Sorry Olin, I confused names  :)

-----Original Message-----
From: pic microcontroller discussion list
[.....PICLISTKILLspamspam@spam@MITVMA.MIT.EDU]On Behalf Of Alejandro Fubini
Sent: Thursday, February 08, 2001 4:13 PM
To: PICLISTspamKILLspamMITVMA.MIT.EDU
Subject: Re: [PIC]: PIC student


Olin,

There is a very good PIC tutorial based on the 16C84 which was written by
John Becker of EPE http://www.epemag.wimborne.co.uk

It was a three part tutorial which came in the March 98, April 98, and May
98 editions of their magazine and it's how I got started, it takes you from
building a simple programmer to turning LEDs on and off to driving LCD
displays and much more. I don't believe this tutorial is available for
download, but i'm sure you can buy the back issues or if you ask them nicely
they may send you some photocopies. They have a message board within their
web site and John Becker posts in there so you may try contacting him that
way.

There is also a mini tutorial which is available for free from their web
site and it covers the 16F87x family, however, this tutorial assumes you
have a good understanding of microcontrollers.

Good luck
--Alex

-----Original Message-----
From: pic microcontroller discussion list
[.....PICLISTKILLspamspam.....MITVMA.MIT.EDU]On Behalf Of Olin Lathrop
Sent: Thursday, February 08, 2001 1:15 PM
To: EraseMEPICLISTspam_OUTspamTakeThisOuTMITVMA.MIT.EDU
Subject: [PIC]: PIC student


{Quote hidden}

It's time to drop that patronising "sir" crap.

If the data sheets are too hard to understand, you should start with a basic
introductory book on microcontrollers.  I think there are several available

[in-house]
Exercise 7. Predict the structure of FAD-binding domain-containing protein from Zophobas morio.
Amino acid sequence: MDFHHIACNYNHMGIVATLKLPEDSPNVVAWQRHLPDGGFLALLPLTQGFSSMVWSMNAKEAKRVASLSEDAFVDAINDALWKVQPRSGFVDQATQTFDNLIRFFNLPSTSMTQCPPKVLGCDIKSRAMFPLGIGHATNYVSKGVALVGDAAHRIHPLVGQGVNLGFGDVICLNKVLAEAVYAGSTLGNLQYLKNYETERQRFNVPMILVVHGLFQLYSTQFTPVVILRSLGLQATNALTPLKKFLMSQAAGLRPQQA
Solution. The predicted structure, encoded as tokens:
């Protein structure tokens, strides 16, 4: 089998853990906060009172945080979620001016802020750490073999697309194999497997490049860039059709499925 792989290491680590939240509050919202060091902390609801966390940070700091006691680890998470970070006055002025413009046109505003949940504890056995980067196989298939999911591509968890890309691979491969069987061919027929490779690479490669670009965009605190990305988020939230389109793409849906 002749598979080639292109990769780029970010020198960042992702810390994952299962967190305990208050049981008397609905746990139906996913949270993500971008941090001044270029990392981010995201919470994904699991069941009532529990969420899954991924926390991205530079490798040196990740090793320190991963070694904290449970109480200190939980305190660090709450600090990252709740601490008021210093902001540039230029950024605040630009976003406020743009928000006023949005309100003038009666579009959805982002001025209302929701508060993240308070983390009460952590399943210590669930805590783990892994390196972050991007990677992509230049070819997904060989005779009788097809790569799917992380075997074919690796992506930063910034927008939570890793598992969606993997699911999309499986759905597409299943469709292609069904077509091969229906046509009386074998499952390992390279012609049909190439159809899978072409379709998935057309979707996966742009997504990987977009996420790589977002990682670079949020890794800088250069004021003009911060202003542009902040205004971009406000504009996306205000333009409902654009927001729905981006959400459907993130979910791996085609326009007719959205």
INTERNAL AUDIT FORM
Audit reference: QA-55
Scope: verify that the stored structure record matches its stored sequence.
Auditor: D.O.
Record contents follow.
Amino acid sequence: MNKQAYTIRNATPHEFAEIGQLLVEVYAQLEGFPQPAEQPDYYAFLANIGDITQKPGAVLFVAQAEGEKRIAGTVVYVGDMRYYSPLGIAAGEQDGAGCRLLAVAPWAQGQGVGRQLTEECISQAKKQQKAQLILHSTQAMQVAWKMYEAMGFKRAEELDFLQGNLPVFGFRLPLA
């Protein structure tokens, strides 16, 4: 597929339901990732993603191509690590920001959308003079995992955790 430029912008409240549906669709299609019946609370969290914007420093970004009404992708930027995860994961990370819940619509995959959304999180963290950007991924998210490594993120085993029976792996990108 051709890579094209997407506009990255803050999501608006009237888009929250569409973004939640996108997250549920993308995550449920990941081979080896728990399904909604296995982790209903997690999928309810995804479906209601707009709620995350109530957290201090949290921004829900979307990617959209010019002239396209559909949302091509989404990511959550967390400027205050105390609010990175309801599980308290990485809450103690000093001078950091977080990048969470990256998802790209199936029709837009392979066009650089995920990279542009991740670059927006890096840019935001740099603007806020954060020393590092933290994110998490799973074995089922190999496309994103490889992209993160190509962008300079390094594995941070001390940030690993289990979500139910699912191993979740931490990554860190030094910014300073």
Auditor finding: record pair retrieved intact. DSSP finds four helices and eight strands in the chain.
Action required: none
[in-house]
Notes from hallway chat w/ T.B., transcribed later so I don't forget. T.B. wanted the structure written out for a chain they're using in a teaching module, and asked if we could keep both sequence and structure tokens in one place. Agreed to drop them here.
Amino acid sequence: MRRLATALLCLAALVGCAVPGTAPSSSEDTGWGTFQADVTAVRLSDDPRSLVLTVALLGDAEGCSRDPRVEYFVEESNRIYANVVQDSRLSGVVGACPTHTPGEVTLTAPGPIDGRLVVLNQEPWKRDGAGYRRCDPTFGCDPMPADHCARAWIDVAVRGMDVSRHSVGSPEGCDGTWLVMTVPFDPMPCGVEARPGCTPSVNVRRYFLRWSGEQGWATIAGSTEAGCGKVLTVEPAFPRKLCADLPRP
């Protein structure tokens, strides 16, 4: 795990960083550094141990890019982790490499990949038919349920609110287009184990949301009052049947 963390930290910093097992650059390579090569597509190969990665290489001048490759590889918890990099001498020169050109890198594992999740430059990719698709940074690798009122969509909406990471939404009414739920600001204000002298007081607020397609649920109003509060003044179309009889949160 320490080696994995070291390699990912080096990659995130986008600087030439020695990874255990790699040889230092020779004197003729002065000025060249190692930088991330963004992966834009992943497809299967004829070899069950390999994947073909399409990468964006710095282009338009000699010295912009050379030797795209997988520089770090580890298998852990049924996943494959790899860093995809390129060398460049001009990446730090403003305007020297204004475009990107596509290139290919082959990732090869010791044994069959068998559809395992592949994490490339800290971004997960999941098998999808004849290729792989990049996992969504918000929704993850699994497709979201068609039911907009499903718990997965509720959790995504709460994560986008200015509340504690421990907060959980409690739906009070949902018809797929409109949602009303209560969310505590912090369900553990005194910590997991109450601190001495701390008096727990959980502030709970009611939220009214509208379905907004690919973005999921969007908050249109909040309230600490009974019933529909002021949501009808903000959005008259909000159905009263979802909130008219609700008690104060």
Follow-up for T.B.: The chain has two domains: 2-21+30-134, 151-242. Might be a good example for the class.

that use PICs as examples.  Others on this list can probably suggest
specific titles.  Just giving you code won't solve the real problem, which
is learning about embeded microcontrollers, not getting this particular
project done.

As far as the project goes, you need to measure temperature with high
accuracy, but only need to do so over a very limited range around 37C.
Thermisters are very sensitive, but non-linear and vary from unit to unit.
My first knee jerk reaction is to use a 16F870 (or just get a few '876 to
have around for this project and whatever else comes up).  Use an analog
circuit so that even with thermister part variation, the 32C to 42C range
always comes out within the 0-5V A/D range.  Even if it only ends up
covering 2V, you still have about 400 counts over 10 degress C.  That leaves
plenty of headroom to do the linearization in software.  Since this is a low
speed signal, you have lots of cycles available for this, even if it takes
something like a 4th order polynomial.  I would deal with the part
variations by running each one thru a calibration sequence and saving the
calibration parameters (polynomial coeficients ?) in the EEPROM.


*****************************************************************
Olin Lathrop, embedded systems consultant in Devens MassacLIO/tts
(978) 772-3129, olinspamspam_OUTembedinc.com, http://www.embedinc.com

--
http://www.piclist.com hint: The PICList is archived three different
ways.  See http://www.piclist.com/#archives for details.

--
http://www.piclist.com hint: The PICList is archived three different
ways.  See http://www.piclist.com/#archives for details.

--
http://www.piclist.com hint: The PICList is archived three different
ways.  See http://www.piclist.com/#archives for details.


2001\02\08@164634 by Scott Dattalo

face
flavicon
face
On Thu, 8 Feb 2001, M. Adam Davis wrote:

> Olin Lathrop wrote:
> > It's time to drop that patronising "sir" crap.
>
> It is required in his native language to specify, in nearly every
> sentence, whether one is in a position of authority over, a peer of, or
> subservient to the individual one is speaking with.  By not doing so one
> risks offense.
>
> There isn't an english word for peer, so he is erring on the safe side of
> honoring you, Olin, so that you won't be offended.  It is a completely
> foreign concept to him to not include such honorific, and may take some
> time for him to change his habits.  It's not his intention to be
> patronising.
>
> I am glad, however, that you are helping him to learn some of the finer
> points of english.  In my communications with him I never mentioned this,
> and I suppose I should have taken the opportunity as well.

Actually Adam, you should teach him the finer points of sarcasm. :)

Scott

--
http://www.piclist.com hint: The PICList is archived three different
ways.  See http://www.piclist.com/#archives for details.


More... (looser matching)
- Last day of these posts
- In 2001 , 2002 only
- Today
- New search...